A surreal adaptation of Sir Thomas Malory's "Le Morte d'Arthur", chronicling Arthur Pendragon's conception, his rise to the throne, the search by his Knights of the Round Table for the Holy Grail, and ultimately his death.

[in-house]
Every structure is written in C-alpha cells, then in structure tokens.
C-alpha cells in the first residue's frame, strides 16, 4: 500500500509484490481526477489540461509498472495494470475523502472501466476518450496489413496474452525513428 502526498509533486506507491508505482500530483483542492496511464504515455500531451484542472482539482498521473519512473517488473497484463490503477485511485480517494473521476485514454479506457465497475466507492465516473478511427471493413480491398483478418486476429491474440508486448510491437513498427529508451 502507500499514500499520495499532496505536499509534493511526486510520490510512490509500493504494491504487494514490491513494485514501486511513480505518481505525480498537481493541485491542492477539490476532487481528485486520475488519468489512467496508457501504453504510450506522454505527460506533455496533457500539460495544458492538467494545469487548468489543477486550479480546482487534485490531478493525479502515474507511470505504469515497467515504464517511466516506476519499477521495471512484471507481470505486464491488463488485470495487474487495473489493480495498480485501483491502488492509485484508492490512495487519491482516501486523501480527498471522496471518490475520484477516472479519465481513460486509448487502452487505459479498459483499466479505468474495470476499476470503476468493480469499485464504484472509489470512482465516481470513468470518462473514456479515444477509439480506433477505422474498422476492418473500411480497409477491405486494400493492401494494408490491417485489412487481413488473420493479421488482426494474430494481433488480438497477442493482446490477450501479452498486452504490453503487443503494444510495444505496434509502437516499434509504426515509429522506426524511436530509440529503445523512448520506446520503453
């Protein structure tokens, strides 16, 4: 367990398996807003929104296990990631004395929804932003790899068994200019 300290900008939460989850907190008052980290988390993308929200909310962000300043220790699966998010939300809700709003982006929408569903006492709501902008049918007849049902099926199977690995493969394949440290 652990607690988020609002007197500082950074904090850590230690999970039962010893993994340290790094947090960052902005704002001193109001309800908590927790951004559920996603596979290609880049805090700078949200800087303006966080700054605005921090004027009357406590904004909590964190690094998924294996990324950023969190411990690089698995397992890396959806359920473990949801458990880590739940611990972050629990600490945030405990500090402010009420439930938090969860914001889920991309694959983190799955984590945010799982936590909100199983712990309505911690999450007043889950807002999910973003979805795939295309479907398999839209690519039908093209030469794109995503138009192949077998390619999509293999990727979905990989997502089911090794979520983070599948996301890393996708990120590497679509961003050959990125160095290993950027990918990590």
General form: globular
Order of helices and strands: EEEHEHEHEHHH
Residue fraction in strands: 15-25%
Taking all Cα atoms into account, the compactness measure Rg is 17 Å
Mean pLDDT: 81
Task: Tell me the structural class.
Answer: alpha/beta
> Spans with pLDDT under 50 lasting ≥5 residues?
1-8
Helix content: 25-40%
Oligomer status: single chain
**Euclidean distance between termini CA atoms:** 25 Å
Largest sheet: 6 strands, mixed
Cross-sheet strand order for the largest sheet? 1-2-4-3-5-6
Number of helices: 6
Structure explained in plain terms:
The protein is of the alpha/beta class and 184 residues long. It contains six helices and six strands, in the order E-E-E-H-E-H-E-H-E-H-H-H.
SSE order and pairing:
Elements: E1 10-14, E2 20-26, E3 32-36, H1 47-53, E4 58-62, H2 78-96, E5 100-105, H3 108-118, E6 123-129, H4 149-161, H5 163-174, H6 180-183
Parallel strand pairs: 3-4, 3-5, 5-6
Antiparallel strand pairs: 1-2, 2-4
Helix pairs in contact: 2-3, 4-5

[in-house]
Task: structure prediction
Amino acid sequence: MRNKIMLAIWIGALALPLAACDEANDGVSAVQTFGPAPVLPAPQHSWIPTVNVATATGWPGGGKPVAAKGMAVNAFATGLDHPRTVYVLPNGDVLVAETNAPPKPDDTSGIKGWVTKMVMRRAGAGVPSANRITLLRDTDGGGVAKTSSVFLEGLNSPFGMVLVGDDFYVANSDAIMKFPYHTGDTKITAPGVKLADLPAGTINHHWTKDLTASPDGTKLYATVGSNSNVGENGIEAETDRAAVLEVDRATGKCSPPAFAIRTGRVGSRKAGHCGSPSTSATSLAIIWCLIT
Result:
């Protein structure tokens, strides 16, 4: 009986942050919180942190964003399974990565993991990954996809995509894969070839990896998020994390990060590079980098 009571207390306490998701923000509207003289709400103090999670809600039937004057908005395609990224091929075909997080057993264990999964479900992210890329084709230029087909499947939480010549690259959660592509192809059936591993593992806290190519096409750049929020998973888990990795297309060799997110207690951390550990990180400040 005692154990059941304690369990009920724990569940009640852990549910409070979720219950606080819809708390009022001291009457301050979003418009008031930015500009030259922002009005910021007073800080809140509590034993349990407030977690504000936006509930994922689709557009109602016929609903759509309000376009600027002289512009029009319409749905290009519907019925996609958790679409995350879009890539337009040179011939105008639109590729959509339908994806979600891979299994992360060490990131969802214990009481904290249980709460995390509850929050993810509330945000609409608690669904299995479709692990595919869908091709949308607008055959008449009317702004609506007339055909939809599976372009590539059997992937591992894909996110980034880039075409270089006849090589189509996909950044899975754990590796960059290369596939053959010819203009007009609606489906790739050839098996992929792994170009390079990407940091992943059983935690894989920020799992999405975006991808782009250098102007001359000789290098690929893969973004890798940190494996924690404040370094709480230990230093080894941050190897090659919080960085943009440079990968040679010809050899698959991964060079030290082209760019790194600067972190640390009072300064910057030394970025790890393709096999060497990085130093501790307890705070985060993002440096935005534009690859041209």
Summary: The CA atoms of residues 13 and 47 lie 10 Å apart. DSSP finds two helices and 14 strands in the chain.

***Eccentric depiction of the medieval myths surrounding King Arthur*** In the late 400s Merlin the sorcerer of Britain takes advantage of the lust of King Uther (Gabriel Byrne) for a Duke’s wife, Ingrayne (Katrine Boorman), to grant him a boy who becomes King Arthur of Camelot (Nigel Terry) when he pulls Excalibur from the stone, a magical sword. Arthur marries Guenevere (Cherie Lunghi), but when Lancelot (Nicholas Clay) joins the Knights of the Round Table the two experience a profound affinity for each other. Meanwhile, Arthur’s half-sister, Morgana (Helen Mirren) is intent on incestuous deception to produce a son, Mordred. The script to this acclaimed 1981 film by John Boorman was adapted from Sir Thomas Malory's “Le Morte d'Arthur” (“The Death of Arthur”), published in 1485. The Arthurian folklores are used as an allegory of the succession of birth, life, decline, and renewal. The resulting film is reminiscent of works of mythography and is therefore episodic in nature. For instance, the sequence where the concept of the Round Table is established comes and goes in an awkward way. Another example is at the 95-minute mark where the story switches to the Knights’ search for the Holy Grail, which focuses on a heretofore unknown knight. Needless to say, the story’s not consistently compelling because the movie’s too segmented. The middle part detailing the romance between Guenevere and Lancelot, and the ramifications thereof, is the best part as far as that goes. The first half hour is a little convoluted, story-wise, and I suggest using the subtitles to discern accented dialogue and to keep track of the odd names. The search for the Holy Grail in the last 45 minutes breaks the film’s momentum because it feels tacked on. Nevertheless, if you can roll with the hammy acting, the melodrama and the episodic framework, there are a lot of positives to enjoy. Some good examples include: the beautiful sylvan locations, the fairy tale-like castles & sets, the imaginative costumes (e.g. the armor), the lovely ladies and the lush colors. Also, the soundtrack/score, which greatly utilizes “O Fortuna” by Carl Orff and a few pieces by Richard Wagner, is notable. Meanwhile, watch out for a young Liam Neeson as the knight Gawain. The big flaw here is that the story lacks steady thrust. For that, check out the more reality-oriented “First Knight” (1995) and “King Arthur” (2004). The film runs 2 hours, 20 minutes and was shot entirely in Ireland. GRADE: B-/C+